The kidneys are bean-shaped organs located near the back, just above the waist. Each kidney is about the size of a clenched fist and weighs about ¼ pound in an adult. Inside each kidney, blood moves through tiny filters called nephrons. There are about 1 million of these tiny filtering units in each kidney. Nephrons make it possible for two healthy kidneys to filter the body's entire blood supply every two minutes.
Kidneys perform several important functions:
They regulate water. To function properly, your body must have the right amount of water. Kidneys remove excess amounts of water from the body or retain water when the body needs more.
They produce hormones. These hormones circulate in the blood and regulate blood pressure, make red blood cells, and absorb calcium from the intestine.
Healthy kidneys remove waste products. Minerals, such as potassium and sodium, are needed by the body's cells so they can function properly. These minerals must be kept at specific levels so the kidneys excrete excess amounts in urine. Calcium and phosphorous levels, important minerals needed for bone formation, are also regulated by the kidneys. Wastes, such as urea and creatinine, are made when the body breaks down protein, such as meat. Many waste products act like a poison if they are not removed from the body. With poor kidney function, waste products are not removed and the amount of creatinine and urea rises in the blood.
Adult Kidney Transplantation
Kidney failure occurs when the kidneys cannot perform their normal tasks. Kidney failure can happen slowly over time or very quickly (called acute renal failure). In some cases, acute renal failure is reversible. When kidney function is less than 10 per cent, the kidneys cannot remove excess water, salt, or wastes, and the body's tissues begin to swell. When wastes accumulate in the blood, people become seriously ill. Blood pressure starts to rise and, without medical help, kidney failure is life threatening.
The most common diseases leading to kidney failure include:
- polycystic kidney disease
- drug-induced kidney failure
- urinary tract obstruction
- high blood pressure
Treatment for Kidney Failure
When kidney failure occurs, patients have some treatment options including dialysis at a hospital, dialysis at home, or kidney transplantation. Dialysis is a mechanical filtering process that cleanses the blood of waste products, removes excess fluids, and regulates body chemistry when the kidneys are not functioning properly. A successful kidney transplant is the preferred treatment for suitable patients with advanced kidney disease.
There are two types of kidney transplants – a living donor transplant or a deceased donor transplant, which uses a kidney from a person who has died suddenly. Most kidneys come from deceased donors although the ideal donor is a living donor because of the short time between retrieval and transplant. To find out more about living kidney donation, watch this video which features some of our donation and transplant staff as well as a living donor and her recipient talking about their experience. You can also read this brief step-by-step guide: The Living Donor Kidney Transplant Process. If you are considering approaching potential donors, you might find this guide helpful: Finding a Donor: Getting the Word Out.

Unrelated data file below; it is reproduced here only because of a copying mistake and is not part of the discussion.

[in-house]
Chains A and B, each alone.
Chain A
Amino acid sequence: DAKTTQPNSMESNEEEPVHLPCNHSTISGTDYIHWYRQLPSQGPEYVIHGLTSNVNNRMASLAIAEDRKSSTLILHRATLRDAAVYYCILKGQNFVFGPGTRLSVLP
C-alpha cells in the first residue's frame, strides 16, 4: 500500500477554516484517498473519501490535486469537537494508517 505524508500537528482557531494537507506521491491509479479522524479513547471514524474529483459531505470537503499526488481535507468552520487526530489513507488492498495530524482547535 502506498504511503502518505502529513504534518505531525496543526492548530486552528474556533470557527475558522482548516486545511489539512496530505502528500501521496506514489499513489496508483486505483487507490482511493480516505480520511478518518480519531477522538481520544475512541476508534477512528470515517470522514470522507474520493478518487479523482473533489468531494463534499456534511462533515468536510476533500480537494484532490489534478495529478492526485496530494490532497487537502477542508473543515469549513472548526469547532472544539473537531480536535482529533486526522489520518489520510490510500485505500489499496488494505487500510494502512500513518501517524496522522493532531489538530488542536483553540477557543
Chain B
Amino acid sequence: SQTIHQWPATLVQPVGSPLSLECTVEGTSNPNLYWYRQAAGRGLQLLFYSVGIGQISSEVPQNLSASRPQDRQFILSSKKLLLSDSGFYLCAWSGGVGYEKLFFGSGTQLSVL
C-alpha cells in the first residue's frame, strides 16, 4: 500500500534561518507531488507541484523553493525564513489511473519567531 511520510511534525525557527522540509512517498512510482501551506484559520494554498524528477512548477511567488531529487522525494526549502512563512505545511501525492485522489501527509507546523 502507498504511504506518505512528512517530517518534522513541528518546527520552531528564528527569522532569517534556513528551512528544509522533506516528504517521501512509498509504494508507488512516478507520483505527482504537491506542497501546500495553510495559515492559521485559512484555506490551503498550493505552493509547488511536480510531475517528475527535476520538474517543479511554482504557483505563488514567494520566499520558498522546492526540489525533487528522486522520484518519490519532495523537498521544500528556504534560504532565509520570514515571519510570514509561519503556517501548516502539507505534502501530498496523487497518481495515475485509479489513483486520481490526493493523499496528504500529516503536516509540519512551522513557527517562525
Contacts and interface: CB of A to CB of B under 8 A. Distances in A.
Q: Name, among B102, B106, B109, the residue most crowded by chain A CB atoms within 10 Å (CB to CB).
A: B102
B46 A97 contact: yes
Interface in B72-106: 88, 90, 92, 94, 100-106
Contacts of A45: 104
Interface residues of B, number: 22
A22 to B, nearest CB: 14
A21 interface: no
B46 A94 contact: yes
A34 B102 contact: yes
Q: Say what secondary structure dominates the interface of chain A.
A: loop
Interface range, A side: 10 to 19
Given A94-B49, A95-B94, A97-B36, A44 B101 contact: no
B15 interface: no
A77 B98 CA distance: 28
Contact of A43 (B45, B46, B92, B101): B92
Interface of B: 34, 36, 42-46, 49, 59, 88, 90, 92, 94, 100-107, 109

LHSC provides a regional program in kidney transplantation, serving a population of 1.7 million. The region extends from Sault St. Marie and Sudbury to Windsor and as far east as Kitchener, Ontario. Aproximately 70 kidney transplants are performed each year at the University Hospital, LHSC, of which 15-20 transplants use living donors. A pediatric program is available but is based on patient size, as infants are treated in Toronto. More than adult 1,300 kidney transplants have been performed at LHSC since the program began in 1973. Outpatients account for approximately 3,000 visits per year, following more than 800 recipients.
Transplant surgery usually takes three to four hours. The patient's own (native) kidneys are usually left in. Typically, they have become smaller in size which allows room for the new kidney.
The new kidney is placed in the lower abdomen where its artery and vein are connected to an artery and vein in the recipient. The ureter from the kidney is inserted into the recipient's bladder.
The recipient remains in hospital for seven or eight days. Education is given about the anti-rejection medications the patient will need to take for the life of the kidney to prevent rejection and how to care for their new kidney.
Quality of life
A successful kidney transplant results in improved health and freedom from dialysis, but transplantation is a treatment option and not a cure for kidney failure. Of the available treatment options, transplantation offers the best opportunity to be rehabilitated and to lead a normal lifestyle. The longest-surviving kidney transplant recipients worldwide are well 40 years after receiving a living-related kidney and 34 years after receiving a deceased kidney transplant. However, the average life of a transplant kidney from a living donor is 15-18 years and from a deceased donor 8-12 years.